Berkeley CSUA MOTD:Entry 53240
Berkeley CSUA MOTD
2017/09/22 [General] UID:1000 Activity:popular

2009/8/5-13 [Transportation/Car, Transportation/Car/RoadHogs] UID:53240 Activity:kinda low
8/5     The Technium. Economics, needs, and physics-- is there an end to
        Moore's Law, or any other laws wrt to storage, bandwidth, megapixels?
        \_ Automobile MPGs don't follow Moore's Law.  Oh, the article already
           mentions this.
           \_ Maybe they just have a lower exponential coefficient.  Processor
              speed is like 1.5x per year, disk is like 2x as large per year,
              I've heard ram speed is like 1.25x per year (or something like
              that).  Maybe auto MPG is just like 1.001x per year.
              I saw another post where someone said auto efficiency has only
              gone up 3 mpg in 80 years.  If you take 1.001^80 = 1.0832...
              If we started at 30 mpg 80 years ago, 1.0832 x 30 ~= 32.5.  So
              it could follow Moore's slow Law. ;) -mrauser
              \_ um, you guys TOTALLY missed the whole point of the article.
                 Whatever law exists, exists for artificial reasons. The market,
                 economics, demand, and expectations from shareholders all
                 play a much bigger role than anything else. As for MPG,
                 it's been artificially low in the past few decades for
                 obvious reasons. Go American built SUV!
                 \_ My uncles ex-wife's brother-in-law has a device he
                    inserts into his carburetor that gives him 50MPG on a
                    68 Camaro. He says that it is top secret and that the
                    oil companies own the patent and destroyed all the the
                    copies though, except for the one he smuggled out.
                    \_ What degree does your brother-in-law have? High school?
                       People are stupid.
                       \_ He has a PhD in common sense, which is more than you
                          will ever have.
                    \_ 50 mpg, 200 mpg, 2000,mpg does it matter, you're still
                       using oil, duke.
              \_ Processor speed stopped increasing years ago.  Transistor
                 density continues at 2x / 18 mo.
2017/09/22 [General] UID:1000 Activity:popular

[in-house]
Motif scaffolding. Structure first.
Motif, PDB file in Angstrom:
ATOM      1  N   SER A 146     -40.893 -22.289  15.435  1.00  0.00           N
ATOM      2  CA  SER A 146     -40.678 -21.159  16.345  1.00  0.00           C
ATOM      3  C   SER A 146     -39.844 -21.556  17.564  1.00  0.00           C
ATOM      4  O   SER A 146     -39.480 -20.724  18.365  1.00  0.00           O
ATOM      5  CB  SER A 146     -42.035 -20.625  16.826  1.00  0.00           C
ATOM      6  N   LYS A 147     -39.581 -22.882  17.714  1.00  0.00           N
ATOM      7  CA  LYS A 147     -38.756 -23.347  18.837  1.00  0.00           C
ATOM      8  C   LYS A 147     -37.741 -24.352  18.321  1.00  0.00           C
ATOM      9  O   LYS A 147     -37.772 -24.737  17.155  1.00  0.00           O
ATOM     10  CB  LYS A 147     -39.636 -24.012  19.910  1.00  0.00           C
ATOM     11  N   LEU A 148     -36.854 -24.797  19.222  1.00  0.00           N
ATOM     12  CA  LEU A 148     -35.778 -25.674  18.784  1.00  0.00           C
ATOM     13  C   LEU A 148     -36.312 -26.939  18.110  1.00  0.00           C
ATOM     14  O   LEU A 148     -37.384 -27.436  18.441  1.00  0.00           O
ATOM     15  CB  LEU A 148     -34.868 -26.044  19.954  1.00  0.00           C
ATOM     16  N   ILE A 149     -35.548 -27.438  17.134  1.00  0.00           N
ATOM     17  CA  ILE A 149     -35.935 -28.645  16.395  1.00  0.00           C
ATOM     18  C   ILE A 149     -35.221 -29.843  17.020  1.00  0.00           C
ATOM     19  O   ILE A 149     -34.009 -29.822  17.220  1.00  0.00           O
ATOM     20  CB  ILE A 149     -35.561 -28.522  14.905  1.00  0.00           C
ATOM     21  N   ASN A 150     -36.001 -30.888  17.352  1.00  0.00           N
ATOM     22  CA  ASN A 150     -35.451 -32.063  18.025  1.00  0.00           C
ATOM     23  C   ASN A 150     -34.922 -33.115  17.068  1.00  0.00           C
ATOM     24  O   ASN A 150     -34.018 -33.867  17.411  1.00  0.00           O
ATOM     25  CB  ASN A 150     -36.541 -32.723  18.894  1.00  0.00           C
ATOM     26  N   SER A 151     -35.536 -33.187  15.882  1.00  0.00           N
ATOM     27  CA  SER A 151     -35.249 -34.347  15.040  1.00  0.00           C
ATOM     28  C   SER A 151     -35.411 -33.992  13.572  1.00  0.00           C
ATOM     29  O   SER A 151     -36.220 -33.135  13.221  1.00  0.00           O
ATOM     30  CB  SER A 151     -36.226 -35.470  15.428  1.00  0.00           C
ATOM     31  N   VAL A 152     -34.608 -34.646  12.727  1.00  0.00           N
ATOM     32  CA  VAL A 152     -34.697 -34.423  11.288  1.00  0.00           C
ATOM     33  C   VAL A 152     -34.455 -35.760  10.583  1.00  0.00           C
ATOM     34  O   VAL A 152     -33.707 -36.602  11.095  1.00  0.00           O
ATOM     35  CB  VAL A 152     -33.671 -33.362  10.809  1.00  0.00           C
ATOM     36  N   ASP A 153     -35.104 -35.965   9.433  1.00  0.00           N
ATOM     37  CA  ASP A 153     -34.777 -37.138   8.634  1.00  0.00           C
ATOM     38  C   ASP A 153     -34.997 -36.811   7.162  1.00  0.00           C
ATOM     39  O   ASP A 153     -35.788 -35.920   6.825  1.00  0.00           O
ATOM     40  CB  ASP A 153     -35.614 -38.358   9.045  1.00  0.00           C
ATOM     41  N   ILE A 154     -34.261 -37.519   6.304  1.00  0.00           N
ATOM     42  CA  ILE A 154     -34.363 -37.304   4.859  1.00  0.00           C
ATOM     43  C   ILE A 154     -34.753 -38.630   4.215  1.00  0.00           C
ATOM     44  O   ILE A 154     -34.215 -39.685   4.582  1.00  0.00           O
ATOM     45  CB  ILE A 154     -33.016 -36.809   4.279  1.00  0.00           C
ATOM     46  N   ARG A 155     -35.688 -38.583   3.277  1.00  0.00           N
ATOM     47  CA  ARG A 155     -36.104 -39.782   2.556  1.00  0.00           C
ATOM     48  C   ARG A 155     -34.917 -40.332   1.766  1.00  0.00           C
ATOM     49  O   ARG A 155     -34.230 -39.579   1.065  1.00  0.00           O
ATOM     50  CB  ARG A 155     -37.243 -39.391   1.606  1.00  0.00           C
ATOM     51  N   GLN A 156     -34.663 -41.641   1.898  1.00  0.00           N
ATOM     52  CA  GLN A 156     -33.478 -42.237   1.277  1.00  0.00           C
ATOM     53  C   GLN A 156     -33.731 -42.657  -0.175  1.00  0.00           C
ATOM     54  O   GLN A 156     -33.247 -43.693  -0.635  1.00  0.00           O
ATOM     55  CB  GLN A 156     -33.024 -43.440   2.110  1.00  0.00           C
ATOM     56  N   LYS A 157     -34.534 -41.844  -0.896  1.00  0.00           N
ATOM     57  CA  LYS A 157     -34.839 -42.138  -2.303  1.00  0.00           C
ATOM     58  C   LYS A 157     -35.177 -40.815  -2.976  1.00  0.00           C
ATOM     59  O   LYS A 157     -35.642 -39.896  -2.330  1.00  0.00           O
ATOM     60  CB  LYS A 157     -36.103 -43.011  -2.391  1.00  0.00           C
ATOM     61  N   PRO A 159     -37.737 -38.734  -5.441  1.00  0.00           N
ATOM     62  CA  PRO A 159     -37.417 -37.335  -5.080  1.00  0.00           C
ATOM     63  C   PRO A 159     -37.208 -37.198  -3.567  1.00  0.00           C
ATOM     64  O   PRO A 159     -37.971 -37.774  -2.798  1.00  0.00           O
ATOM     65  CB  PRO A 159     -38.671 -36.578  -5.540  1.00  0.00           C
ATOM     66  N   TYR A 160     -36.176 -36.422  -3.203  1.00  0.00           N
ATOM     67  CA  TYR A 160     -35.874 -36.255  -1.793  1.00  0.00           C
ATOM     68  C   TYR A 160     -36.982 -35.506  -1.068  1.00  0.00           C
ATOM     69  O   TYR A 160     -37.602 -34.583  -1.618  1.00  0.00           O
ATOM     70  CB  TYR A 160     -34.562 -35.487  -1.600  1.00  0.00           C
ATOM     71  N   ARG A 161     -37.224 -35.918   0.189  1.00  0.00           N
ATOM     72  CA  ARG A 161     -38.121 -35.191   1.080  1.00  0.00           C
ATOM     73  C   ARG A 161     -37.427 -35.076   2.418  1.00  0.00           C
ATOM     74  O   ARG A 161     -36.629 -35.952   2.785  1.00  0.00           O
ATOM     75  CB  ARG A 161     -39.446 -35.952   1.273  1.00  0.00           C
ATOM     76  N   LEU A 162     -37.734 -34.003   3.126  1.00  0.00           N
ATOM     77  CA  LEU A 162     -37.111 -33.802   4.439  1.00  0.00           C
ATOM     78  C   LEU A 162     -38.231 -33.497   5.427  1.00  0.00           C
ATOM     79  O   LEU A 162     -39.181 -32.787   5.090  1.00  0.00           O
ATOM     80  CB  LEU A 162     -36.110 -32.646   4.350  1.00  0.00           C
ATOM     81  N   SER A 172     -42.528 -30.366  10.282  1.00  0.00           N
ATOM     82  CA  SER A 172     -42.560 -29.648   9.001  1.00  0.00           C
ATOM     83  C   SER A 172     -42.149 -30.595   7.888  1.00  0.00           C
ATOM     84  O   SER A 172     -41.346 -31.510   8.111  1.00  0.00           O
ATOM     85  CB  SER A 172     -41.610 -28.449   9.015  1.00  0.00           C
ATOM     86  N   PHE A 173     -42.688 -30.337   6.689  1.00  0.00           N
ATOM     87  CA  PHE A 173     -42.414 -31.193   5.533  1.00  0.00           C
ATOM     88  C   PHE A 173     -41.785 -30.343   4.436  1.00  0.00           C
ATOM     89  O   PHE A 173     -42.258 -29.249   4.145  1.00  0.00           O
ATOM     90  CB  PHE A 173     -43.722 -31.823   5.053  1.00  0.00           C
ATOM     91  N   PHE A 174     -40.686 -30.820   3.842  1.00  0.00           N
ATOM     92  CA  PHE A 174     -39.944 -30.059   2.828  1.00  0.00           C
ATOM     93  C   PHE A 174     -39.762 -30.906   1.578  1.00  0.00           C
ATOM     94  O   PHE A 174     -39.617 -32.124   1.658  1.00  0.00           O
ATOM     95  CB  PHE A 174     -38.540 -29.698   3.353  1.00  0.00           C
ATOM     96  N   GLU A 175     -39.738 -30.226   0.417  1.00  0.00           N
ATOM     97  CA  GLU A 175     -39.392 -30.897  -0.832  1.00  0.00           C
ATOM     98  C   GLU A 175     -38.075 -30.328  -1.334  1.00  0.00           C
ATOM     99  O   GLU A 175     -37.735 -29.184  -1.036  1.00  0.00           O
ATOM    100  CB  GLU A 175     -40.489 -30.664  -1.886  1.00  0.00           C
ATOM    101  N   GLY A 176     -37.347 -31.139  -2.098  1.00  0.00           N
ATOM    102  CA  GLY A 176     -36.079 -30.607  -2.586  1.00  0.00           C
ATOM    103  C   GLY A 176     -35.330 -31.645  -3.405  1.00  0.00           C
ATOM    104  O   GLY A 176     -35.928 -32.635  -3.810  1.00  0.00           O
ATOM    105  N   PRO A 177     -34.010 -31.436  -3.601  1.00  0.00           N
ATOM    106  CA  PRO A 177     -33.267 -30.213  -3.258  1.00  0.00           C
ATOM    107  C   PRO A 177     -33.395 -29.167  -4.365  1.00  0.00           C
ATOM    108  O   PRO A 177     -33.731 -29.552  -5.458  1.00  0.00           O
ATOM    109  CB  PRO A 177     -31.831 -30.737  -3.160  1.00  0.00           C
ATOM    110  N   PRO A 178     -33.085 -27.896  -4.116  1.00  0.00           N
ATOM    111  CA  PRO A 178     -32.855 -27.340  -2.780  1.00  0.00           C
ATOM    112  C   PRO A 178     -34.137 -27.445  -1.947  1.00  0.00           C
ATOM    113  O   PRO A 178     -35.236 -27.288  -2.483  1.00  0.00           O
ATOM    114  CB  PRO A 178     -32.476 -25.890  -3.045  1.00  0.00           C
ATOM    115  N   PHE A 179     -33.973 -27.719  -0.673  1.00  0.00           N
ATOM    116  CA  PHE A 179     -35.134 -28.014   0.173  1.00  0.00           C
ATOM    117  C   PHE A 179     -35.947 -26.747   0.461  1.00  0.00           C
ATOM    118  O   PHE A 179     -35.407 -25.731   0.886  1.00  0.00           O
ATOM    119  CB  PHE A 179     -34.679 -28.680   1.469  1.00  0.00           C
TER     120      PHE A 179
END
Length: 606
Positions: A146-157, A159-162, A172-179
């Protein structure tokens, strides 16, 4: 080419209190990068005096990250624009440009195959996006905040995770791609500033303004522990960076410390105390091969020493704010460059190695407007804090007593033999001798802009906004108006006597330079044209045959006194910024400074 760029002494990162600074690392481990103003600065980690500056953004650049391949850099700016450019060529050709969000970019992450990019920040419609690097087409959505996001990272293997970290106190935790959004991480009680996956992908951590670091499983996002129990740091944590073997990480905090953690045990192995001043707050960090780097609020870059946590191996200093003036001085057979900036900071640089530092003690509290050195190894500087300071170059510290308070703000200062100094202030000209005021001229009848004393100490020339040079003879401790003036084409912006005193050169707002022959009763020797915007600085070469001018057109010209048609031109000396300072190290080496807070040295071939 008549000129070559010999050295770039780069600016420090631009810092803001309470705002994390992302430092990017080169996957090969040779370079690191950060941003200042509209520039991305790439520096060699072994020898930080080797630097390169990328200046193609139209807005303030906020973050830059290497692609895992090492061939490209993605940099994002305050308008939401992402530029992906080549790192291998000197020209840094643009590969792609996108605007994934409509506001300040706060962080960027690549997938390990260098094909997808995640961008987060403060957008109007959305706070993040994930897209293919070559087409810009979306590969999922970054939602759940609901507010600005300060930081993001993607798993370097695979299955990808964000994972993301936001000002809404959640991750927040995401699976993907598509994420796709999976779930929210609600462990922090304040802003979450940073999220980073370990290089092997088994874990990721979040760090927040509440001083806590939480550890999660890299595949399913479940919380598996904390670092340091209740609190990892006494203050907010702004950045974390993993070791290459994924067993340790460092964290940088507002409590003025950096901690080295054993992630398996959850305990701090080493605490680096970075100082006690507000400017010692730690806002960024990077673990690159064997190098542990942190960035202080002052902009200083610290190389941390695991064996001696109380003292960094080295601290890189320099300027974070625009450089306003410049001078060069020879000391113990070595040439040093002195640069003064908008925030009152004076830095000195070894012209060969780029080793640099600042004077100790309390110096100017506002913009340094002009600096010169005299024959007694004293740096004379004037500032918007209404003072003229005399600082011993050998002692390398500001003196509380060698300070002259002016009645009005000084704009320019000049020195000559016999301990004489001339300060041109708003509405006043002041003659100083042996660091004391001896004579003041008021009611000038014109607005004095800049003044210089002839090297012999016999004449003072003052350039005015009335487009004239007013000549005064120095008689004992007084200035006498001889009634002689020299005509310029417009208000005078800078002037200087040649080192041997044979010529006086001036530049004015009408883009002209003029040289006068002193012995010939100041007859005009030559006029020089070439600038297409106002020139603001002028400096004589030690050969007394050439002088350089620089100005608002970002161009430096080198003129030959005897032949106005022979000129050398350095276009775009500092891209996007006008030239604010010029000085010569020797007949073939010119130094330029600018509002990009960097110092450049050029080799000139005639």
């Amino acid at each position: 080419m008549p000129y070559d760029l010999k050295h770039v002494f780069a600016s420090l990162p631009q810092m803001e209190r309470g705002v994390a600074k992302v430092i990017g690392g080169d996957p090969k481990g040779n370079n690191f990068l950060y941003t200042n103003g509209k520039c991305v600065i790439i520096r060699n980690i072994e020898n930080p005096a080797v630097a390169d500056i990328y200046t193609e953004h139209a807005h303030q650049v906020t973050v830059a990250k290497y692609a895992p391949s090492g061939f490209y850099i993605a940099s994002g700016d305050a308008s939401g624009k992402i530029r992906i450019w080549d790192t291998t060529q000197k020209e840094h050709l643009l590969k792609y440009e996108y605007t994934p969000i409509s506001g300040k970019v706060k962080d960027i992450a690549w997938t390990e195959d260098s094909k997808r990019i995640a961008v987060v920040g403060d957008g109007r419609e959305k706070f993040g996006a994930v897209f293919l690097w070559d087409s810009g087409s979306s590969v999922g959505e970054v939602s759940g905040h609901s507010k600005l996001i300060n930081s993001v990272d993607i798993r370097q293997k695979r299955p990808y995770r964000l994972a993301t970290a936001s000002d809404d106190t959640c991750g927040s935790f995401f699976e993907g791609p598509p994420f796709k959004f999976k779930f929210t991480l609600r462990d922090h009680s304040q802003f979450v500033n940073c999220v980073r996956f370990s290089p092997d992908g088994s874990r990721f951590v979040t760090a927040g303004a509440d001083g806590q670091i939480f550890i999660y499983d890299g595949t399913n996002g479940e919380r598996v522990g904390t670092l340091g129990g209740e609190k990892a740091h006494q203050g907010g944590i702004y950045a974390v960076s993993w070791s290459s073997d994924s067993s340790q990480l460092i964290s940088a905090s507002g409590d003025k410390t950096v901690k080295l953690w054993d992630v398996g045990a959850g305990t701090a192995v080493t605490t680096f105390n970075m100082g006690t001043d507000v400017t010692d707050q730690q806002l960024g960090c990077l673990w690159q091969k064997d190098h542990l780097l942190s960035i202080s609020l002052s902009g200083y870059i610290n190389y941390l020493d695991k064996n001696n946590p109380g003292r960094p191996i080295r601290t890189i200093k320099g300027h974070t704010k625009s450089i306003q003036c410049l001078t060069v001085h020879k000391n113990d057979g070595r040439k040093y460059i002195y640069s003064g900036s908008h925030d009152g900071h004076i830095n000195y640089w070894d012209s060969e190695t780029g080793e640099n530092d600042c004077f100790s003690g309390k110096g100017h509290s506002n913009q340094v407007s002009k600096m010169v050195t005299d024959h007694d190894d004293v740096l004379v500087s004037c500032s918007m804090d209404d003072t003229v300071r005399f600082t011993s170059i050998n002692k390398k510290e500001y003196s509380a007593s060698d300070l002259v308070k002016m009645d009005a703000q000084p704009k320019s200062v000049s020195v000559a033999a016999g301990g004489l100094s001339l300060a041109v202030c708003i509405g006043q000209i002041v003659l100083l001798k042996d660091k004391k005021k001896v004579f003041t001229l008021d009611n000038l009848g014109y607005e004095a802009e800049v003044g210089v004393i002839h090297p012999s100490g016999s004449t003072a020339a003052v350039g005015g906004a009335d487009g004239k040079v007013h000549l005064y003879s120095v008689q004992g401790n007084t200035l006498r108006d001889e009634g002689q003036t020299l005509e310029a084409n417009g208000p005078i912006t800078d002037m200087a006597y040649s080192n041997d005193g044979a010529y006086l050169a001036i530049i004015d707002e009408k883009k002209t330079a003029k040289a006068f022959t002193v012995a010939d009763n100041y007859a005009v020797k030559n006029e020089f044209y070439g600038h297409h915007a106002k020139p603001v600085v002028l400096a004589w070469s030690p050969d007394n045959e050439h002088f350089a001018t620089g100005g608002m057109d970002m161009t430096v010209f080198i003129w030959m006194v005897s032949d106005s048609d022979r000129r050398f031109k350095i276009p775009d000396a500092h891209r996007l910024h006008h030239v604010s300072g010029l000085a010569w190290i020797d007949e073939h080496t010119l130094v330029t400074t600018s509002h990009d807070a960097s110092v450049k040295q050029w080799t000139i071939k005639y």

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In the early 1950s the same thought occurred to many people at once: things are improving so fast and so regularly, there might be a pattern to the improvements. Maybe we could plot technological progress to date, then extrapolate the curves and see what the future holds. Among the first to do this systemically was the US Air Force. They needed a long-term schedule of what kinds of planes they should be funding, but aerospace was one of the fastest moving frontiers in technology. Obviously they would build the fastest planes possible, but since it took decades to design, approve, and then deliver a new type of plane, the generals thought it prudent to glimpse what futuristic technologies they should be funding. Martino72-43 So in 1953 the Air Force Office of Scientific Research plotted out the history of the fastest air vehicles. The Wright Brothers' first flight reached 68 kph in 1903, and jumped to 60 kph two years later. The air speed record kept increasing a bit each year and in 1947 the fastest flight passed 1,000 kph in a Lockheed Shoot Star flown by Colonel Albert Boyd. The record was broken four times in 1953, ending with the F-100 Super Sabre doing 1, 215 kph. The curve said they could have machines that attained orbital speed... And they could get their payload right out of Earth's immediate gravity well just a little later. They could have satellites almost at once, the curve insinuated, and if they wished -- if they wanted to spend the money, and do the research and the engineering -- they could go to the Moon quite soon after that. It is important to remember that in 1953 none of the technology for these futuristic journeys existed. Even the most optimistic die-hard visionaries did not expect a lunar landing any sooner than the proverbial "Year 2000." The only voice telling them they could do it was a curve on a piece of paper. As Brokderick notes, humans arrived on the Moon "close to a third of century sooner than loony space travel buffs like Arthur C Clarke had expected it to occur." How did it account for the secretive efforts of the Russians as well as dozens of teams around the world? Was the curve a self-fulfilling prophesy, or a revelation of a trend rooted deep in the nature of the technium? The answer may lay in the many other trends plotted since then. The most famous of them all is the trend known as Moore's Law. In brief, Moore's Law predicts that computing chips shrink by half in size and cost every 18-24 months. This trend was first noticed in 1960 by Doug Englebart, a researcher at SRI in Palo Alto, California, who would later go on to invent the "windows and mouse" interface that is now ubiquitous on most computers. When he first started as an engineer Englebart worked in the aerospace industry testing airplane models in wind tunnels where he learned how systematic scaling down led to all kinds of benefits and unexpected consequences. Englebart imagined how the benefits of scaling down, or as he called it "similitude," might transfer to a new invention SRI was tracking -- multiple transistors on one integrated silicon chip. Perhaps as they were made smaller, circuits too might deliver a similar kind of similitude magic: The smaller a chip, the better. Englebart presented his ideas on similitude to an audience of engineers at the 1960 Solid State Circuits Conference that included Gordon Moore, a researcher at Fairchild Semiconductor. In the following years Moore began tracking the actual statistics of the earliest prototype chips. By 1964 he had enough data points to extrapolate the slope of the curve so far. But as Moore recalls, I was not alone in making projections. Several of the panelists made predictions about the semiconductor industry. Patrick Haggerty of Texas Instruments, looking approximately ten years out, forecast that the industry would produce 750 million logic gates a year. I thought that was perceptive but a huge number, and puzzled, "Could we actually get to something like that?" Harry Knowles from Westinghouse, who was considered the wild man of the group, said, "We're going to get 250,000 logic gates on a single wafer." At the time, my colleagues and I at Fairchild were struggling to produce just a handful. C Lester Hogan of Motorola looked at expenses and said, "The cost of a fully processed wafer will be $10." If Haggerty were on target, the industry would produce 750 million logic gates a year. Using Knowles's "wild" figure of 250,000 logic gates per wafer meant that the industry would only use 3,000 wafers for this total output. If Hogan was correct, and the cost per processed wafer was $10, that would mean that the total manufacturing cost to produce the yearly output of the semiconductor industry would be $30,000! As it turned out, the person who was the "most wrong" was Haggerty, the panelist I considered the most perceptive. His prediction of the number of logic gates that would be used turned out to be a ridiculously large underestimation. On the other hand, the industry actually achieved what Knowles foresaw, while I had labeled his suggestion as the ridiculous one. Even Hogan's forecast of $10 for a processed wafer was close to the mark, if you allow for inflation and make a cost-per-square-centimeter calculation. The trends were telling them something no one else was, impossible as it seemed. Moore kept adding data points as the semiconductor industry grew. He was tracking all kinds of parameters -- number of transistors made, cost per transistor, number of pins, logic speed, and components per wafer. But one of them was cohering into a nice curve: The number of components per chip. In 1965, at the invitation from the editor of the trade journal Electronics, Moore wrote a piece on "the future of microelectronics." In this short article he pointed out the curve of progress in chip fabrication is increasing by a exponential power every year. As Moore noted in his internal memo to the Fairchild patent officers, he took current trend and "extrapolated into the wild blue yonder." Moore's original plot Moore hooked up with Carver Mead, a fellow Caltech alumnus. Mead was an electrical engineer and early transistor expert. In 1967 Moore asked Mead what kind of theoretical limits were in store for microelectronic miniaturization. Mead had no idea but as he did his calculations he made an amazing discovery: The efficiency of the chip would increase by the cube of the scale's reduction. Microelectronics would not only become cheaper, they would also become better. As Moore puts it "By making things smaller, everything gets better simultaneously. The speed of our products goes up, the power consumption goes down, system reliability improves by leaps and bounds, but especially the cost of doing things drops as a result of the technology." Carver Mead was so caught up in Moore's curves that he began to formalize them with physics equations and he named the trend Moore's Law. He became an evangelist for the idea, traveling to electronics companies, the military, and academics preaching that the future of electronics lay in ever-smaller blocks of silicon, and trying to "convince people that it really was possible to scale devices and get better performance and lower power" -- and that there was no end in sight for this trend. "Every time I'd go out on the road," Mead recalls, "I'd come to Gordon and get a new version of his plot." Pricetransistor Today when we stare at the plot of Moore's Law we can spot several striking characteristics of its 50 year run. The first surprise is that this is a picture of acceleration. The straight line descending slope of the "curve" indicates a ten fold increase in goodness for every tick on vertical log axis. Silicon computation is not simply getting better, but getting better faster. Relentless acceleration for five decades is rare in biology and unknown in the technium before this century. So this graph is as much about the phenomenon of cultural acceleration as about silicon chips. In fact Moore's Law has come to represent the principle of an accelerating future which underpins our expectations of the technium: the world of the made gets better, faster...